Scientific Fraud Infests Fish & Wildlife Service Top Ranks

News on another Department of the Interior agency.



Whistleblower Hearing Traces Corruption and Retaliation Back to Director’s Door


FWS Director Dan Ashe

Posted on Feb 25, 2015

Washington, DC —An explosive whistleblower hearing transcript paints a vivid picture of rampant scientific misconduct, callous reprisal and systemic mendacity within the upper echelons of the U.S. Fish & Wildlife Service (FWS), according to Public Employees for Environmental Responsibility (PEER) which posted the full texts today. The transcript also illustrates how a highly-touted agency Scientific Integrity Policy has become a tool for just the opposite..

This whistleblower case is striking because it involves a high-level manager rather than a field biologist; Gary Mowad is a 28-year FWS veteran and former Deputy Director for law enforcement. For the past few years, Mowad had been the FWS Texas Administrator for the Ecological Services Division, handling a parade of thorny endangered species and natural resource issues arising out of the Lone Star State..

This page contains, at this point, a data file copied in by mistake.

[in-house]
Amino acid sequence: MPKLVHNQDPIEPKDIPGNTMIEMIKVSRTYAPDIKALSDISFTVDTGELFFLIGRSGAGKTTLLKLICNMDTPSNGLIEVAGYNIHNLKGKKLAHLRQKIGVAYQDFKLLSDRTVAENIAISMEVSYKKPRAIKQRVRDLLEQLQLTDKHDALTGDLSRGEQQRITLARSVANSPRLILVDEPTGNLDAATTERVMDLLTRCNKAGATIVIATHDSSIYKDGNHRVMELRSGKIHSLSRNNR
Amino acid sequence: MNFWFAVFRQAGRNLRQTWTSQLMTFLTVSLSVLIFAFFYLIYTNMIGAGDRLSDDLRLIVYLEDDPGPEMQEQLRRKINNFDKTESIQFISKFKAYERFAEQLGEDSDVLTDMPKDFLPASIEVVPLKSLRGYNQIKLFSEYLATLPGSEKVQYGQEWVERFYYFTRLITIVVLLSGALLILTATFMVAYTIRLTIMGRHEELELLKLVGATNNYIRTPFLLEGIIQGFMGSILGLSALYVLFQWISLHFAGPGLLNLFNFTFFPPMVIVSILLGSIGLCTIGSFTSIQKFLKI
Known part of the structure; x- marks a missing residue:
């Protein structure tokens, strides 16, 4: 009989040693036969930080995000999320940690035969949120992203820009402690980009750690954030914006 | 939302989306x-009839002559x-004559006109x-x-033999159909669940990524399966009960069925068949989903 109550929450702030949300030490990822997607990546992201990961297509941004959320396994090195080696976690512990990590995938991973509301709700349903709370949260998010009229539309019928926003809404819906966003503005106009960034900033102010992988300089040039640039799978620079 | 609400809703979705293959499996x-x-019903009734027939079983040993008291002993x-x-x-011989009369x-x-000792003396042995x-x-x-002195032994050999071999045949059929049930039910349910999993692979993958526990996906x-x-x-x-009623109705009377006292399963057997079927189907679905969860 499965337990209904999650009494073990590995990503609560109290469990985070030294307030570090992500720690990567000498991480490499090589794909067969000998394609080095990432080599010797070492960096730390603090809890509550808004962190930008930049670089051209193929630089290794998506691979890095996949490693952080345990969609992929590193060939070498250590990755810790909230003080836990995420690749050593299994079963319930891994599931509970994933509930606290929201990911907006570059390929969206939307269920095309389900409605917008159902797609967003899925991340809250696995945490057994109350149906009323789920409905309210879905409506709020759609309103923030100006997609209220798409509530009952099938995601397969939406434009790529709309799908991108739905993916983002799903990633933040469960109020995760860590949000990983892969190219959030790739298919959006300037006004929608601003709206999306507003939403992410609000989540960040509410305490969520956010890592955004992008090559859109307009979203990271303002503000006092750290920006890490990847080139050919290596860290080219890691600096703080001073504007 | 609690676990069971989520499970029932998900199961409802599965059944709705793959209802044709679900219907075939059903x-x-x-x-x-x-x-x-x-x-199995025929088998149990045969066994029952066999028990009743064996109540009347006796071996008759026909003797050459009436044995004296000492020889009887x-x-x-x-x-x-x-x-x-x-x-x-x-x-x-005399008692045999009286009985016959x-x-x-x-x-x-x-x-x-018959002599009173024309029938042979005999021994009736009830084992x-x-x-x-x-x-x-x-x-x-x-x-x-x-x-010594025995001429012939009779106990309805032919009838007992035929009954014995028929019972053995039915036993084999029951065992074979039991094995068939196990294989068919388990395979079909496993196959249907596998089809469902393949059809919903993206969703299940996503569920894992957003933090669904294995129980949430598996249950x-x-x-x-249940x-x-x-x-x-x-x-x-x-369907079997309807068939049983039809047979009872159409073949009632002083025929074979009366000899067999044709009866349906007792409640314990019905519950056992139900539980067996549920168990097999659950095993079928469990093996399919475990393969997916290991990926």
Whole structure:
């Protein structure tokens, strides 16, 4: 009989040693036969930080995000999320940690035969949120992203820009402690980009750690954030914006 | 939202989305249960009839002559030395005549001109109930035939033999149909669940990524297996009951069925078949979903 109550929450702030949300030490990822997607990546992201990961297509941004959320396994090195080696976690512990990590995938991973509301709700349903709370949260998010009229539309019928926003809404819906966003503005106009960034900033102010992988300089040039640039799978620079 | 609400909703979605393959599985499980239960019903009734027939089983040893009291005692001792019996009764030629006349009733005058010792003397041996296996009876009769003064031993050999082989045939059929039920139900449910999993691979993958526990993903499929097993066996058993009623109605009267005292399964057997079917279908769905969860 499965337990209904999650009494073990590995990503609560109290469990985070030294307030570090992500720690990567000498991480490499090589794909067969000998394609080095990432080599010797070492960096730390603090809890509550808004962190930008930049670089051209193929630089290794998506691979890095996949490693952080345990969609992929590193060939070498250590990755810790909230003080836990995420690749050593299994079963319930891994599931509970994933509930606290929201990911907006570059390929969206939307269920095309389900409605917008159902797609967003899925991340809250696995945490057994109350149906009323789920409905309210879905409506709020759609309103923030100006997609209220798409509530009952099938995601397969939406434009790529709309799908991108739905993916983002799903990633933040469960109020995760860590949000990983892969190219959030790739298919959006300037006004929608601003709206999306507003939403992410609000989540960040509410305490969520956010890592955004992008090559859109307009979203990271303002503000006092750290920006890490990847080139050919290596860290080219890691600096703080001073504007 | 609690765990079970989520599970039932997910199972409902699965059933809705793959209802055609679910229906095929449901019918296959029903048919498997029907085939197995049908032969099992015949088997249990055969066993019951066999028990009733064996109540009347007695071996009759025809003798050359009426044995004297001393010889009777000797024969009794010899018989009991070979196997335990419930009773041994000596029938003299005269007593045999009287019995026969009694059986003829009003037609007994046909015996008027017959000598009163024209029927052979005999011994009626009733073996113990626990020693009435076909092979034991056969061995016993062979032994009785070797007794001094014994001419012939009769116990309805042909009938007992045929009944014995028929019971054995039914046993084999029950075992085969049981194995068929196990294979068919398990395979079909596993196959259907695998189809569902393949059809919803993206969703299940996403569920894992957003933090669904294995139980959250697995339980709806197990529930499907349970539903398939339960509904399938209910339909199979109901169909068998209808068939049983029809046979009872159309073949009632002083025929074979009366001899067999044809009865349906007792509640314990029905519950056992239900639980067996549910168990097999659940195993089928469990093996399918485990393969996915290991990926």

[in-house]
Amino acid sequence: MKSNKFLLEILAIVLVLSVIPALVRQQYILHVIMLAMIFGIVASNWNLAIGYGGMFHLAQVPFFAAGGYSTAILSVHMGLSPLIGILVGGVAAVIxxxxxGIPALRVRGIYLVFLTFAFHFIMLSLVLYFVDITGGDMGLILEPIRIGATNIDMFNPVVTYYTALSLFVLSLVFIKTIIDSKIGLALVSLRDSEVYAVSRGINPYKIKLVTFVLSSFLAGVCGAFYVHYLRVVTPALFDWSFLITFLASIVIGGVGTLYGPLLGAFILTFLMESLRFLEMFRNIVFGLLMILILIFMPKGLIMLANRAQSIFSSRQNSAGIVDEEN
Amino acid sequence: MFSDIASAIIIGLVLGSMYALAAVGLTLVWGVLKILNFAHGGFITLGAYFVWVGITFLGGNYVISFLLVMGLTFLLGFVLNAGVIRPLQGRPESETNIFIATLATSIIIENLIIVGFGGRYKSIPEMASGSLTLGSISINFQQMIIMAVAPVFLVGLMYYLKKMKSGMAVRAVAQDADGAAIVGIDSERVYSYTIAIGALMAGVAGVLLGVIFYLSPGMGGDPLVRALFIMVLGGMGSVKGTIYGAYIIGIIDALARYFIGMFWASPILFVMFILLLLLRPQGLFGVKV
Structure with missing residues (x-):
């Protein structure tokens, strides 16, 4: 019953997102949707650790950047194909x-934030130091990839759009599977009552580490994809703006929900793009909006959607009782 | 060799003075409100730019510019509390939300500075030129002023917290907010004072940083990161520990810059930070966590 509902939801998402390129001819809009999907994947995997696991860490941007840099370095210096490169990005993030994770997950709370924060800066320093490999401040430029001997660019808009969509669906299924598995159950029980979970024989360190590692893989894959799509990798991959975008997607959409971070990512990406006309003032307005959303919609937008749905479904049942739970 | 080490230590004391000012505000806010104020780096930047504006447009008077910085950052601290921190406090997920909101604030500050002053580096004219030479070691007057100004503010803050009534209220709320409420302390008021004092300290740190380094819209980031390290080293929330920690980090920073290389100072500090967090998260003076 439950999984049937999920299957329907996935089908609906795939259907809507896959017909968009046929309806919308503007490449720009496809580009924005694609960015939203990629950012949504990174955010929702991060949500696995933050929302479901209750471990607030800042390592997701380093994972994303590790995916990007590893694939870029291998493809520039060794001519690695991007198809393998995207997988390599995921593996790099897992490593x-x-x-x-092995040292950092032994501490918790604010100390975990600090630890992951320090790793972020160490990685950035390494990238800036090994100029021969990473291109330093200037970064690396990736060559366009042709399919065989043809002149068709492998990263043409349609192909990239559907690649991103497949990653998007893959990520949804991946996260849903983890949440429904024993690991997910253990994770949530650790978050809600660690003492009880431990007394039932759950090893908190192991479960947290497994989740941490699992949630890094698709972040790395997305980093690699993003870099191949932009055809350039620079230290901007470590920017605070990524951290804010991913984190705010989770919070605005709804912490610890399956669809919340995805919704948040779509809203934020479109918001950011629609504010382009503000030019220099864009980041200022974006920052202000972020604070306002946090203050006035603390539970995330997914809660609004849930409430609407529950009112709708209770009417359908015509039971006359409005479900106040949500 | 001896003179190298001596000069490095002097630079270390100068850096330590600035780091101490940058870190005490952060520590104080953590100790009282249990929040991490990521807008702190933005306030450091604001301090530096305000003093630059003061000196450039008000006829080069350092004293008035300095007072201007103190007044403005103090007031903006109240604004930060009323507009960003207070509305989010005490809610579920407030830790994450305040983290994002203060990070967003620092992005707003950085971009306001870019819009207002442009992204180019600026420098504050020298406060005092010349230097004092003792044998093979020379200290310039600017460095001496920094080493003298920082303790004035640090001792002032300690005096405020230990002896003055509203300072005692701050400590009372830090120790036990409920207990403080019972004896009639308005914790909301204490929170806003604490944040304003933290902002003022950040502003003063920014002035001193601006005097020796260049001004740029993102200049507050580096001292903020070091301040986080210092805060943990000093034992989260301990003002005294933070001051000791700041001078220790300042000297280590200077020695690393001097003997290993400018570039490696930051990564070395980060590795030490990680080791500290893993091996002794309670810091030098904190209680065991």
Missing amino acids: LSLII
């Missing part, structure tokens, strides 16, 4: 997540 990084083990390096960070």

The hearing took place because Mowad challenged being placed on an open-ended “detail” causing him to leave Austin for Albuquerque for a position with no apparent duties. The reassignment followed his reporting a number of scientific integrity concerns, including what he termed a blatantly political decision by the FWS hierarchy to reverse the staff recommendation that the dune sagebrush lizard, with habitat in the heart of Texas oil country, be listed under the Endangered Species Act.

In an August 18, 2014 hearing before the U.S. Merit Systems Protection Board, testimony indicated:.
•Widespread scientific fraud, such as using models to classify paved parking lots as endangered species habitat, is facilitated by top FWS officials to accommodate a network of politically connected consultants called the “Texas mafia;”
•Within hours after Mowad’s disclosure to the FWS Scientific Integrity Officer, it was relayed to top headquarters officials, and he was ordered to vacate his office. An arrangement to end Mowad’s exile was personally quashed by FWS Director Dan Ashe; and
•The Whistleblower Ombudsman for Interior’s Office of Inspector General testified that “Months of pointed discussions and stern warnings…have not resulted in any formal and permanent action” to discipline managers guilty of misconduct or protect whistleblowers from further retaliation.